Lazy Britain MAPPED: The areas where the most people have shunned employment
Summer is over and school is back in session – it’s back to work time for many, but not for all.
Just over a fifth of the working-age population remains classed as economically inactive – neither in nor looking for a job.
Rates rose across the G7 after lockdown restrictions were eased, but while this has mostly been reversed overseas, it remains a persistent drag on the UK’s economic output.
According to the World Values Survey, Brits are far less enthusiastic about work than any other country among two dozen peers.
Rates vary significantly across the UK, however. Express.co.uk has mapped the proportion of people who have dropped out of the workforce across all local authorities.
READ MORE: ‘I quit my dream job to work at McDonald’s because I get paid more’
In more precise terms, the economically inactive are people not in employment who “have not been seeking work within the last 4 weeks and/or are unable to start work within the next 2 weeks” according to the Office for National Statistics (ONS).
Between April and June 2023, roughly 8.69 million UK residents were found to fit that description.
People can become economically inactive for a variety of reasons. Over two million are students in higher education, while more people than ever are also opting for early retirement.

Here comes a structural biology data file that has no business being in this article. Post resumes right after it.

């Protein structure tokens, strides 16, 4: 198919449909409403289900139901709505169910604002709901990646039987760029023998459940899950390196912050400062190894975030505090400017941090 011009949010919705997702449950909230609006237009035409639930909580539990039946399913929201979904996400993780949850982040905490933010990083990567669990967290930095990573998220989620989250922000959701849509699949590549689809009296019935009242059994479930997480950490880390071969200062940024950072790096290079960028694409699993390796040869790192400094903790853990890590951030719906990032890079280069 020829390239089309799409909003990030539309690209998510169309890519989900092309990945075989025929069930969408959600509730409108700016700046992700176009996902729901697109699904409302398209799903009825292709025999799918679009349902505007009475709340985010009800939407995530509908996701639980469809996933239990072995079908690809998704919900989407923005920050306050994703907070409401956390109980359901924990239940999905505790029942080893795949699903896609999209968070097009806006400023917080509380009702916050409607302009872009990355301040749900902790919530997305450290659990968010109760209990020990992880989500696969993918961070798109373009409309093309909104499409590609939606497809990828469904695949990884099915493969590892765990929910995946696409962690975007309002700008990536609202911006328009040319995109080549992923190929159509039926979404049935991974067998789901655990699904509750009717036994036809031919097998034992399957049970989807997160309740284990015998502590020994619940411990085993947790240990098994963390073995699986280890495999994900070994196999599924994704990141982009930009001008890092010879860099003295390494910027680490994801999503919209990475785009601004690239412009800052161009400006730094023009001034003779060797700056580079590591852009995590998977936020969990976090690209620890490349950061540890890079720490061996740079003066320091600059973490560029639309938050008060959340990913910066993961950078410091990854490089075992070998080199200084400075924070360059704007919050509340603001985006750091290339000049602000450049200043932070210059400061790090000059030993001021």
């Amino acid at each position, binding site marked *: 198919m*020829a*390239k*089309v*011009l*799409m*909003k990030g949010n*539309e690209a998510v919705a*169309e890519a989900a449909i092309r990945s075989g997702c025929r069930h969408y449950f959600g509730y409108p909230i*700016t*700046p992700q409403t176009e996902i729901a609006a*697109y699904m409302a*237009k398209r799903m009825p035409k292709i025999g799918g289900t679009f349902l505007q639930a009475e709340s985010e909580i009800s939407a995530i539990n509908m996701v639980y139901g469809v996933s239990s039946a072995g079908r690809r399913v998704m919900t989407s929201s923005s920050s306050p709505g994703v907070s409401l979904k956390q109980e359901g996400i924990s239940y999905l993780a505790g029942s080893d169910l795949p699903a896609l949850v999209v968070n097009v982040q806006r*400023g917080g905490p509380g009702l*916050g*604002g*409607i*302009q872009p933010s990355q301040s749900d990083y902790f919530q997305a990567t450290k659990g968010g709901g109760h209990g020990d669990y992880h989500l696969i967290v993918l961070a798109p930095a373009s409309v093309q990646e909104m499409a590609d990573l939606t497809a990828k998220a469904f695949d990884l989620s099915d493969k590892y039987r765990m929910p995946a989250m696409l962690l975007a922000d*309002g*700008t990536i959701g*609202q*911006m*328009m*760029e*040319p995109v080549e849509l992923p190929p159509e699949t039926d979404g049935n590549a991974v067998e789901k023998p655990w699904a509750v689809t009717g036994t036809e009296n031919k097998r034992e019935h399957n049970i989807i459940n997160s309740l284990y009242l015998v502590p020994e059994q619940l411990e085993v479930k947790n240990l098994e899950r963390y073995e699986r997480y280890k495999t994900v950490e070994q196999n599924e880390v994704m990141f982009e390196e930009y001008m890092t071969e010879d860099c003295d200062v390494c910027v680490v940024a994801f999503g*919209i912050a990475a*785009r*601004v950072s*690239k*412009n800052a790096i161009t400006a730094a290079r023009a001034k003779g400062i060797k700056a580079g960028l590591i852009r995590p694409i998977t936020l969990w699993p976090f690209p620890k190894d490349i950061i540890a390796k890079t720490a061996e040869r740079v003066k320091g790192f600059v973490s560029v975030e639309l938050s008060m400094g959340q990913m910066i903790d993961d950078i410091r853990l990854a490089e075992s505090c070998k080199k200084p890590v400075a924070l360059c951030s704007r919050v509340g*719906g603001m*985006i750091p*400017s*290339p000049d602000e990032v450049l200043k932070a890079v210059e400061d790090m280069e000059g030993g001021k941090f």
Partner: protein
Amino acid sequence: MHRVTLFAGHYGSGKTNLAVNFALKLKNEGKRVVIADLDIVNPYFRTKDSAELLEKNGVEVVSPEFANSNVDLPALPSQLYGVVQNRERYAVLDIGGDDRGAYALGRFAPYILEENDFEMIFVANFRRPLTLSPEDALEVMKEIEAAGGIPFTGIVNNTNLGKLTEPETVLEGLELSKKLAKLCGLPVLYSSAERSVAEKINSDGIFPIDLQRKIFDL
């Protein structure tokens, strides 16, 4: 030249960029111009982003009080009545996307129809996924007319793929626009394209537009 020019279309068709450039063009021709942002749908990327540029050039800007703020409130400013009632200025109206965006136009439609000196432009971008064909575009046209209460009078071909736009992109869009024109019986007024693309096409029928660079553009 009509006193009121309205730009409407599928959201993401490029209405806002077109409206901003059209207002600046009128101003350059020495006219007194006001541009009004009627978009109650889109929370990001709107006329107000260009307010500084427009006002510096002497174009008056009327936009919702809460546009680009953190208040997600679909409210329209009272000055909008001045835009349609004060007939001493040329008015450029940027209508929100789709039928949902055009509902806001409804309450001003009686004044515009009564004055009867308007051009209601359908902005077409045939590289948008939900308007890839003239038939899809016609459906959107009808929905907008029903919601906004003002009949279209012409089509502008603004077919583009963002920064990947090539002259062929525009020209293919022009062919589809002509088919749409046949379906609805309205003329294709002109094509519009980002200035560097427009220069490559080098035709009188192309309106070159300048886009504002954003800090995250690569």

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The category counted just over 9.5 million people back in 2011, then fell sharply over the following decade.
The pandemic threw this trend into reverse. Between January 2020 and July 2022, numbers lept up by 500,000.
During this time, long-time sickness soared to become the most common reason for dropping out of the workforce – going from 23 percent at the start of 2019 to 28 percent in 2023.
The overall rate was found to be highest of all in the London borough of Kensington and Chelsea, at 34.3 percent. This was followed by Chichester (33.9 percent), East Lindsey (33.4 percent) and Wyre (32.2 percent).
The tally has fallen by some 300,000 since mid-last year – in part as a result of Chancellor Jeremy Hunt’s mission to tackle the issue to fuel economic growth – but a new survey has revealed Brits are less keen on work than most.
The World Values Survey by King’s College London’s Policy Institute found that just 73 percent of people in the UK said work was “very or rather important in their life” – the lowest share of all 24 countries in the study.
The proportion was similar to that in Russia (75 percent) and Canada (74 percent), but far below the rate of Italy and Spain (96 percent) and France (94 percent).
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